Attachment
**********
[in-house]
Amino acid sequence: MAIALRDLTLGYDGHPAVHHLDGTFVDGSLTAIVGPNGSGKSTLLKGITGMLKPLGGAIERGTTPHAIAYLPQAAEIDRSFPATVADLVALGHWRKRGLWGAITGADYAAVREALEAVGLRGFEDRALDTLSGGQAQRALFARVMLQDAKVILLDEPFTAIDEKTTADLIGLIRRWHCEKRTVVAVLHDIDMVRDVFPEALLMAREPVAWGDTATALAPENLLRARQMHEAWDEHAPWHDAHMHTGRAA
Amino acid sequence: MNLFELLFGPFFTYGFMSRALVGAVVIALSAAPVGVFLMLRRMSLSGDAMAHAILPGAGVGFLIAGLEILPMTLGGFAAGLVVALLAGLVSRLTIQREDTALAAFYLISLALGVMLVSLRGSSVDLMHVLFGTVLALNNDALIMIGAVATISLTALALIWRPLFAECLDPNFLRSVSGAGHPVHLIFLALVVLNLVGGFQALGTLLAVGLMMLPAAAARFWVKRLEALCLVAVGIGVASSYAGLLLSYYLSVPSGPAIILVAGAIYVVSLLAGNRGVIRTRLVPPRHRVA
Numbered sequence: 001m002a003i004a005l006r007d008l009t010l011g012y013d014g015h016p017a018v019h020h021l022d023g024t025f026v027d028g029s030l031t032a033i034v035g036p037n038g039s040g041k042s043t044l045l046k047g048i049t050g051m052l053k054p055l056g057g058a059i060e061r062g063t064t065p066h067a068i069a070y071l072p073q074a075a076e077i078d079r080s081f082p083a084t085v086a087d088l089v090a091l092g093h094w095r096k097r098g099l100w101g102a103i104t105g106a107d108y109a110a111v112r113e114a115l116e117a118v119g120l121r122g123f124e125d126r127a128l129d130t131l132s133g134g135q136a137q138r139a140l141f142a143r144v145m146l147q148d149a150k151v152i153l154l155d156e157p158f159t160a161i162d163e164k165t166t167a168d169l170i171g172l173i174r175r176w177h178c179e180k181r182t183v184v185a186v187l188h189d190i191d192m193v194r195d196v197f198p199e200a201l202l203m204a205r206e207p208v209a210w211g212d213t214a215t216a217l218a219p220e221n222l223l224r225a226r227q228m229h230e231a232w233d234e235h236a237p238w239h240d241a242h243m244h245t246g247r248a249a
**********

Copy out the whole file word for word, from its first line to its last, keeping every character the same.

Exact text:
[in-house]
Amino acid sequence: MAIALRDLTLGYDGHPAVHHLDGTFVDGSLTAIVGPNGSGKSTLLKGITGMLKPLGGAIERGTTPHAIAYLPQAAEIDRSFPATVADLVALGHWRKRGLWGAITGADYAAVREALEAVGLRGFEDRALDTLSGGQAQRALFARVMLQDAKVILLDEPFTAIDEKTTADLIGLIRRWHCEKRTVVAVLHDIDMVRDVFPEALLMAREPVAWGDTATALAPENLLRARQMHEAWDEHAPWHDAHMHTGRAA
Amino acid sequence: MNLFELLFGPFFTYGFMSRALVGAVVIALSAAPVGVFLMLRRMSLSGDAMAHAILPGAGVGFLIAGLEILPMTLGGFAAGLVVALLAGLVSRLTIQREDTALAAFYLISLALGVMLVSLRGSSVDLMHVLFGTVLALNNDALIMIGAVATISLTALALIWRPLFAECLDPNFLRSVSGAGHPVHLIFLALVVLNLVGGFQALGTLLAVGLMMLPAAAARFWVKRLEALCLVAVGIGVASSYAGLLLSYYLSVPSGPAIILVAGAIYVVSLLAGNRGVIRTRLVPPRHRVA
Numbered sequence: 001m002a003i004a005l006r007d008l009t010l011g012y013d014g015h016p017a018v019h020h021l022d023g024t025f026v027d028g029s030l031t032a033i034v035g036p037n038g039s040g041k042s043t044l045l046k047g048i049t050g051m052l053k054p055l056g057g058a059i060e061r062g063t064t065p066h067a068i069a070y071l072p073q074a075a076e077i078d079r080s081f082p083a084t085v086a087d088l089v090a091l092g093h094w095r096k097r098g099l100w101g102a103i104t105g106a107d108y109a110a111v112r113e114a115l116e117a118v119g120l121r122g123f124e125d126r127a128l129d130t131l132s133g134g135q136a137q138r139a140l141f142a143r144v145m146l147q148d149a150k151v152i153l154l155d156e157p158f159t160a161i162d163e164k165t166t167a168d169l170i171g172l173i174r175r176w177h178c179e180k181r182t183v184v185a186v187l188h189d190i191d192m193v194r195d196v197f198p199e200a201l202l203m204a205r206e207p208v209a210w211g212d213t214a215t216a217l218a219p220e221n222l223l224r225a226r227q228m229h230e231a232w233d234e235h236a237p238w239h240d241a242h243m244h245t246g247r248a249a